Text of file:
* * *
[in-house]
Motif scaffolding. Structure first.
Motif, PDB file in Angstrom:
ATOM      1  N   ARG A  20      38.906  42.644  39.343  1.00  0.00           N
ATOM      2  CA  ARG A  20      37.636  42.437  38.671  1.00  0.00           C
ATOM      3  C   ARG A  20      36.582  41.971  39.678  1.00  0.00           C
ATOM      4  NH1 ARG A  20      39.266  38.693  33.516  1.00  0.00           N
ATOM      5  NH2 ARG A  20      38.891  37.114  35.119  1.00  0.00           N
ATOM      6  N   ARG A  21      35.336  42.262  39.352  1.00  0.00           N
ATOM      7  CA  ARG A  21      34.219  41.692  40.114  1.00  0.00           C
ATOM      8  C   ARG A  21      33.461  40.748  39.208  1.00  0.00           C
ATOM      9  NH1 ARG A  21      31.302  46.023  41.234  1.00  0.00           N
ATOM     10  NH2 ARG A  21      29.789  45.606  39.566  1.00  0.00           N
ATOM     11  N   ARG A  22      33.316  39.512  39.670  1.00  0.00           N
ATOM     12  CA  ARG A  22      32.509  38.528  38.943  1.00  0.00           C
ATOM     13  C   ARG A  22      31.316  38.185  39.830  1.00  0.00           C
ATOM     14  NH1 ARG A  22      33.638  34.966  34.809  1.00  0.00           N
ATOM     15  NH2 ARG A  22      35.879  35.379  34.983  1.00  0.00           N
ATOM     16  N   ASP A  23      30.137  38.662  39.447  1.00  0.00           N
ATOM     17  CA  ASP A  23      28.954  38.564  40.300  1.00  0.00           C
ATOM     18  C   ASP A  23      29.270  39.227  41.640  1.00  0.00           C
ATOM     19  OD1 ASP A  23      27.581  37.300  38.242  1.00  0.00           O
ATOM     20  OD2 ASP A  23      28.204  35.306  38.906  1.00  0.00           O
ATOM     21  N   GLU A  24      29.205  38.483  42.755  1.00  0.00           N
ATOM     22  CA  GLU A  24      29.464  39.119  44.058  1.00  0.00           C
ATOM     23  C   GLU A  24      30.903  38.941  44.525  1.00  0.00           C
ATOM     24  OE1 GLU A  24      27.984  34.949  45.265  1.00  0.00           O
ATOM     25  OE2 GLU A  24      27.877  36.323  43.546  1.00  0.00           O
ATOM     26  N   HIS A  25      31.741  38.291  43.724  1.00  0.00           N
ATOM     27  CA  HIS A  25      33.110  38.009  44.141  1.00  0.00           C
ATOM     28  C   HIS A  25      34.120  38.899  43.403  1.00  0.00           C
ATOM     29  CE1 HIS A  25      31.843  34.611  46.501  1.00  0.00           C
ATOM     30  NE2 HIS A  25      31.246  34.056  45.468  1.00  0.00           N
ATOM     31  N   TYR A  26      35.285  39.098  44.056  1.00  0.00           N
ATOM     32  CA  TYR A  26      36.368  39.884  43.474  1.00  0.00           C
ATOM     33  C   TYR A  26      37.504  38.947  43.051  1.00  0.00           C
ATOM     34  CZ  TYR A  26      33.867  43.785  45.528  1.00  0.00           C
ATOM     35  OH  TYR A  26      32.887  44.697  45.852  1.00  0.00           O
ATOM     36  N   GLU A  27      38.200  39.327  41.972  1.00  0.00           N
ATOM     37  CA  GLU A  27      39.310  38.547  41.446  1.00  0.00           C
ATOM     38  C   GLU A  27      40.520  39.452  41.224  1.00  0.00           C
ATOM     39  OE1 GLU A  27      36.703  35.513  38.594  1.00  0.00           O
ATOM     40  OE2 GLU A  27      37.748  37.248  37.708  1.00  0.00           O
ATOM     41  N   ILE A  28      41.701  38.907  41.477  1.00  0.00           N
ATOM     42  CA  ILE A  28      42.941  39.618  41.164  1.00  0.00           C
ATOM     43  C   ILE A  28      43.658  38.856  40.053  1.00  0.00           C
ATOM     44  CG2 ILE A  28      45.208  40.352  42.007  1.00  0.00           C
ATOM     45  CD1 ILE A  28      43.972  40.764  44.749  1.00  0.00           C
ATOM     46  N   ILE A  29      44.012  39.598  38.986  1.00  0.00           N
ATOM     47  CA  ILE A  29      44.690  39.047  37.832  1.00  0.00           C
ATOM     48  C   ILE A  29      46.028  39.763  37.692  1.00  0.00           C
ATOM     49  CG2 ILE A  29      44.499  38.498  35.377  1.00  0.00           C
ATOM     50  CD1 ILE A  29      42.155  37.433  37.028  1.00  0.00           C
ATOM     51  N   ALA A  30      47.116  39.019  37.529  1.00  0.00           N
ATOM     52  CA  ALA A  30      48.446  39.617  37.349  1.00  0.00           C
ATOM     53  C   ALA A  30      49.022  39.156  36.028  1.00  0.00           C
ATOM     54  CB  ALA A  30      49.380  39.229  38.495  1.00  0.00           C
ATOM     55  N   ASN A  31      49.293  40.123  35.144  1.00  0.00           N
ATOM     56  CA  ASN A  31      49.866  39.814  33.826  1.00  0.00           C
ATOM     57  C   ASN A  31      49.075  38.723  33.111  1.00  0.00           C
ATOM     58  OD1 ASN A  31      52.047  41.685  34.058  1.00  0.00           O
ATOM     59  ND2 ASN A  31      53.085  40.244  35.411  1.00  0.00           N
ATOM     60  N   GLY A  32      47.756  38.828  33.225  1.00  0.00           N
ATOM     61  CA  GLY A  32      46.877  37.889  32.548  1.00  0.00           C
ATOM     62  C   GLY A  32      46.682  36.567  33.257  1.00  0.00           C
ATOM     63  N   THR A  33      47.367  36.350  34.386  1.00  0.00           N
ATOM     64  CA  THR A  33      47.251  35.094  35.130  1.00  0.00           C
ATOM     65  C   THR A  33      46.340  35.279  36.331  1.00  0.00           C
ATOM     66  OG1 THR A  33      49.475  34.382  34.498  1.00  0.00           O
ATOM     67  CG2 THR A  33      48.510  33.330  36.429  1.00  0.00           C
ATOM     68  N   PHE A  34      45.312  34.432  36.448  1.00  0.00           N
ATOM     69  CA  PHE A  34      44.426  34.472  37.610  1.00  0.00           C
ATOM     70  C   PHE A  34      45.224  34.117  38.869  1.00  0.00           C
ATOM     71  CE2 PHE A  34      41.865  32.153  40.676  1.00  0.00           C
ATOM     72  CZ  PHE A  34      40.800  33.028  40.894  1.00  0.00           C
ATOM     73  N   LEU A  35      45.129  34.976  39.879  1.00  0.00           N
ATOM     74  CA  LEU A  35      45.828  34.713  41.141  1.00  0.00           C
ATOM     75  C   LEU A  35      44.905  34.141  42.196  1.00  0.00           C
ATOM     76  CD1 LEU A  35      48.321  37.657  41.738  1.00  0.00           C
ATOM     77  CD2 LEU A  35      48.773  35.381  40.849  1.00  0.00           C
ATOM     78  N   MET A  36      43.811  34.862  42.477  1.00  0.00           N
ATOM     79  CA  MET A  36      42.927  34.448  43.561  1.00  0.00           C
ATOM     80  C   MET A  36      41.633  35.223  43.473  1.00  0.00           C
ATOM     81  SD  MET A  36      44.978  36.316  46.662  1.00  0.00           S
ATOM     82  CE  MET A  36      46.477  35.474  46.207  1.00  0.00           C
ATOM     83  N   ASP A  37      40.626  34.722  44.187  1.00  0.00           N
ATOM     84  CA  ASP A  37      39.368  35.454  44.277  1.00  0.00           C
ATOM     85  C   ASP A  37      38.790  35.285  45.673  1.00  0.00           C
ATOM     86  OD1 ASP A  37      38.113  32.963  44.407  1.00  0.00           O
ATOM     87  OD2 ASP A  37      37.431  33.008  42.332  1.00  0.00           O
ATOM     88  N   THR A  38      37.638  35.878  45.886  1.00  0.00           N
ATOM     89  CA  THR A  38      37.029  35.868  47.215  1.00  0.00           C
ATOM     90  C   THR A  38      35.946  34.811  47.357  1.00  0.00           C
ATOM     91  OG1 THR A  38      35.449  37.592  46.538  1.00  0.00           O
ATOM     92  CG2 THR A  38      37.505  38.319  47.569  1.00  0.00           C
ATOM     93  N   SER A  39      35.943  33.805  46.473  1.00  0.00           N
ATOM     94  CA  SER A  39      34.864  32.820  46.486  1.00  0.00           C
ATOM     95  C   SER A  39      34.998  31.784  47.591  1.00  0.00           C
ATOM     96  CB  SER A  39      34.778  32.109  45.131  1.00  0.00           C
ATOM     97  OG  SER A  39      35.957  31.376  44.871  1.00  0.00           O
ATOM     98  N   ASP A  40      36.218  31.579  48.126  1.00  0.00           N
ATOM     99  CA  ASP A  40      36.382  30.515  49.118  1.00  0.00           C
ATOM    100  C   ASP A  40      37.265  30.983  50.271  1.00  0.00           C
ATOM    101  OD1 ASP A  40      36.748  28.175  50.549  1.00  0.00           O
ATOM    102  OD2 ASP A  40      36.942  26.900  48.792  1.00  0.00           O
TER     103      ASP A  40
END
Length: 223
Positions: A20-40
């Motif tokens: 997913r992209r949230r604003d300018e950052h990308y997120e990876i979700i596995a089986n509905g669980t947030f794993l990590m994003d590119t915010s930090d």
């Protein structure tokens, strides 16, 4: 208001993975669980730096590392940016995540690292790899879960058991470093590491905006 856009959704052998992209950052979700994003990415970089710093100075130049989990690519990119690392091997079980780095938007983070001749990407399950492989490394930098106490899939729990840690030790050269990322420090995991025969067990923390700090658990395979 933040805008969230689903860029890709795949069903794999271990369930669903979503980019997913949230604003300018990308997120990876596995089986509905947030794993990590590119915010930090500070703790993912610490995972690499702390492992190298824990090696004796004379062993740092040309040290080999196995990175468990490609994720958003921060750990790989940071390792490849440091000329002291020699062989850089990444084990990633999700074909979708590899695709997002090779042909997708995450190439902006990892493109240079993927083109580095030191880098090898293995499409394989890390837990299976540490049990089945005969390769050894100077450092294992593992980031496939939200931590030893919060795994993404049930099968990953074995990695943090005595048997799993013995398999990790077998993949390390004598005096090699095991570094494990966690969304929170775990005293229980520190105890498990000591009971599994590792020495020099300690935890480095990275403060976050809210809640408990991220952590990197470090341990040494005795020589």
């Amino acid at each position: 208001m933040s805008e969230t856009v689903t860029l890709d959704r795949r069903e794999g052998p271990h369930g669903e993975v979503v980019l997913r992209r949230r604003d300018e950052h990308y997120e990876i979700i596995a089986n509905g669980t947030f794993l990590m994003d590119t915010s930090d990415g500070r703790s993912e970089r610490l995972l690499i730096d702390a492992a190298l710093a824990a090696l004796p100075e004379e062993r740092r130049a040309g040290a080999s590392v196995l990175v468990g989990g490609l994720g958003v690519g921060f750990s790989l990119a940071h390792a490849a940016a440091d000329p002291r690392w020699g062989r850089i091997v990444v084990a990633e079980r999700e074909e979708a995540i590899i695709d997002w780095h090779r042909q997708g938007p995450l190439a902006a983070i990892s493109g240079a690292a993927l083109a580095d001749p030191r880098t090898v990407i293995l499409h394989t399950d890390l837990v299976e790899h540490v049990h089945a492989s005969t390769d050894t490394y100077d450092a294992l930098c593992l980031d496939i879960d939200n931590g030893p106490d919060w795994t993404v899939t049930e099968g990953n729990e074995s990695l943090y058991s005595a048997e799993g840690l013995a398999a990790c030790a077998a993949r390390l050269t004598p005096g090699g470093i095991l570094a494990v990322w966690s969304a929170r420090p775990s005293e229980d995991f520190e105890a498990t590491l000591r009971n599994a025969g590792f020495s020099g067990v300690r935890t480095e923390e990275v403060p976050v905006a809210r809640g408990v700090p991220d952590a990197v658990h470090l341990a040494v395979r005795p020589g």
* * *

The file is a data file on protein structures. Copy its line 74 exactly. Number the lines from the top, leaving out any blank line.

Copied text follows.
ATOM     71  CE2 PHE A  34      41.865  32.153  40.676  1.00  0.00           C